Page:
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Editor’s Note Front of House

The importance of diversity

Welcome to the first ‘Spring’ issue of Opera Now as we move to a quarterly structure of the magazine. It marks an exciting step towards bringing both an in-depth and broader view of the opera world, whilst maintaining up-to-date news, reviews and features on our website and social media. This issue introduces a cover star who could not be better suited to marking the change. Tenor Russell Thomas is championing opera and speaks beautifully about his devotion to it, whilst being unapologetic about the many issues that still need addressing. He raises the ongoing shortcoming of diversity in opera. We certainly are seeing greater diversity on our stages, but Thomas reminds us that this isn’t always reflected behind the scenes or administrative roles.

Speaking last month on the Gramophone podcast with Belize-British composer Errollyn Wallen, she told me about the Royal Opera House’s initiative back in 2003 A Nitro at the Opera which celebrated contributions to opera by Black composers and artists. Nothing of that prominence, commissioning nine composers for write for the Lindbury Theatre, has happened since. It’s worrying that, over 20 years later, the celebration and promotion of Black voices in opera is still not seen frequently on a large scale.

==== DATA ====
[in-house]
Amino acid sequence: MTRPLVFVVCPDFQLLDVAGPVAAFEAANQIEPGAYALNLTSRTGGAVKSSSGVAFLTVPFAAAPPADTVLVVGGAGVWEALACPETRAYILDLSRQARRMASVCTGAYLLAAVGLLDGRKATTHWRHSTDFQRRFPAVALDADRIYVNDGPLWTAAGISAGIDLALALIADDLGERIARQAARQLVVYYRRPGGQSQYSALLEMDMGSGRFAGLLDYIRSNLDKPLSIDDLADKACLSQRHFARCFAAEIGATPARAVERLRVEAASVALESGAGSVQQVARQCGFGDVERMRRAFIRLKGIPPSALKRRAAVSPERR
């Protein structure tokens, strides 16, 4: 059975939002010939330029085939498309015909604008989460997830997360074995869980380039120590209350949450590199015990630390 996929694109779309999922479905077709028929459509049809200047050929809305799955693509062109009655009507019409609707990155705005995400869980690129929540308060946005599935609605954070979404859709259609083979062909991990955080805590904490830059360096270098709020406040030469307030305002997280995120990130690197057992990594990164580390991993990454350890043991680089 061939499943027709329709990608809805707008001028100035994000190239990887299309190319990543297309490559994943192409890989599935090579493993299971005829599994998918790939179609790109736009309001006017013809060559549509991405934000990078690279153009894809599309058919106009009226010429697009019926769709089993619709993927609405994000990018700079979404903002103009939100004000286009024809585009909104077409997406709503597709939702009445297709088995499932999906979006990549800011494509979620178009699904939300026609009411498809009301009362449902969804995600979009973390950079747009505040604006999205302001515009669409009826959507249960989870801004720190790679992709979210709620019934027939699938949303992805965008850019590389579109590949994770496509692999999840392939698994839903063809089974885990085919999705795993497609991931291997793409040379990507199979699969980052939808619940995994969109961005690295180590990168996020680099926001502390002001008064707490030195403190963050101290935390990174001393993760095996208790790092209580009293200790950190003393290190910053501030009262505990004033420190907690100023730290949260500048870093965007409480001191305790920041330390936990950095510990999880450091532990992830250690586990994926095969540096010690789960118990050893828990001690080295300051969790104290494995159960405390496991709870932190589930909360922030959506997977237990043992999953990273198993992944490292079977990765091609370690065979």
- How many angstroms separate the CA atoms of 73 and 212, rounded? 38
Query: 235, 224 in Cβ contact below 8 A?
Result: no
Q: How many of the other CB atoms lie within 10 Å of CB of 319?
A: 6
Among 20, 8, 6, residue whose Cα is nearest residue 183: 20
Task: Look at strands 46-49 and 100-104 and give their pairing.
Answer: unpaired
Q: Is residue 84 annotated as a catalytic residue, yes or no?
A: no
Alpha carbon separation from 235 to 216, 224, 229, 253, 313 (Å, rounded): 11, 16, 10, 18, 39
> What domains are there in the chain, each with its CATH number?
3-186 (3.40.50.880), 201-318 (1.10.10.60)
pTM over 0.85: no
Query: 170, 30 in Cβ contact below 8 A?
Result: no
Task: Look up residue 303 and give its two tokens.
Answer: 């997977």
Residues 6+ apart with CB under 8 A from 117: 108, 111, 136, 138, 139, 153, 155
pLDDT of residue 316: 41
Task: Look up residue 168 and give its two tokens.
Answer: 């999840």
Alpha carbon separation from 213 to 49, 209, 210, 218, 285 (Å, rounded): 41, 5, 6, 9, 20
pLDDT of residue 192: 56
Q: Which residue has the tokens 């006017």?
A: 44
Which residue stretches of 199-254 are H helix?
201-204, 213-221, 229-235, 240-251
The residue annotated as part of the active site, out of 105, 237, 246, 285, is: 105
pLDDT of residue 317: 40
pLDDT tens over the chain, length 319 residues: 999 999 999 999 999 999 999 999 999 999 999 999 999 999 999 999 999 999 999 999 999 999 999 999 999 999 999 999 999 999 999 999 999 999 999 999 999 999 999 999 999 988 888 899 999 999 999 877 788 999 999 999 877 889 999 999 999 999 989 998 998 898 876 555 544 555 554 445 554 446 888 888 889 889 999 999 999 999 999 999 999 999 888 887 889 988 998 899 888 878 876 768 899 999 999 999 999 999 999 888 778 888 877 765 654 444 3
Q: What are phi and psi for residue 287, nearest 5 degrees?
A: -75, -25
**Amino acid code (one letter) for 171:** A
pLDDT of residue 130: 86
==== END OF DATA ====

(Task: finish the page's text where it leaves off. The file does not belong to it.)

The need for a more diverse audience in opera is not just a matter of social justice; it is crucial for the survival and flourishing of this art form. Opera has the potential to be a powerful force that transcends cultural boundaries and speaks to the shared human experience. By fostering inclusivity, both on stage, and among backstage hiring practices, we will get closer to dispelling the notion that opera is a relic of the past and position it as a living, breathing art form that speaks to the universal human experience – and society today.

Hattie Butterworth

@operanow fb.com/operanow Opera Now captures the drama, colour and vitality of one of the most powerful of all the performing arts. In our print and digital issues, we showcase the creative spirit of opera, both on stage and behind the scenes, with profiles of opera companies, singers, directors and designers. Our in-depth features reflect how diverse cultural elements have influenced opera, including travel, history, literature, art, architecture, politics and philosophy. Our lively reviews and opinion pages are a platform for writers and critics drawn from all over the world. Our aim is to inspire our opera-loving readers to broaden their knowledge and deepen their passion for this fascinating and stimulating artform.

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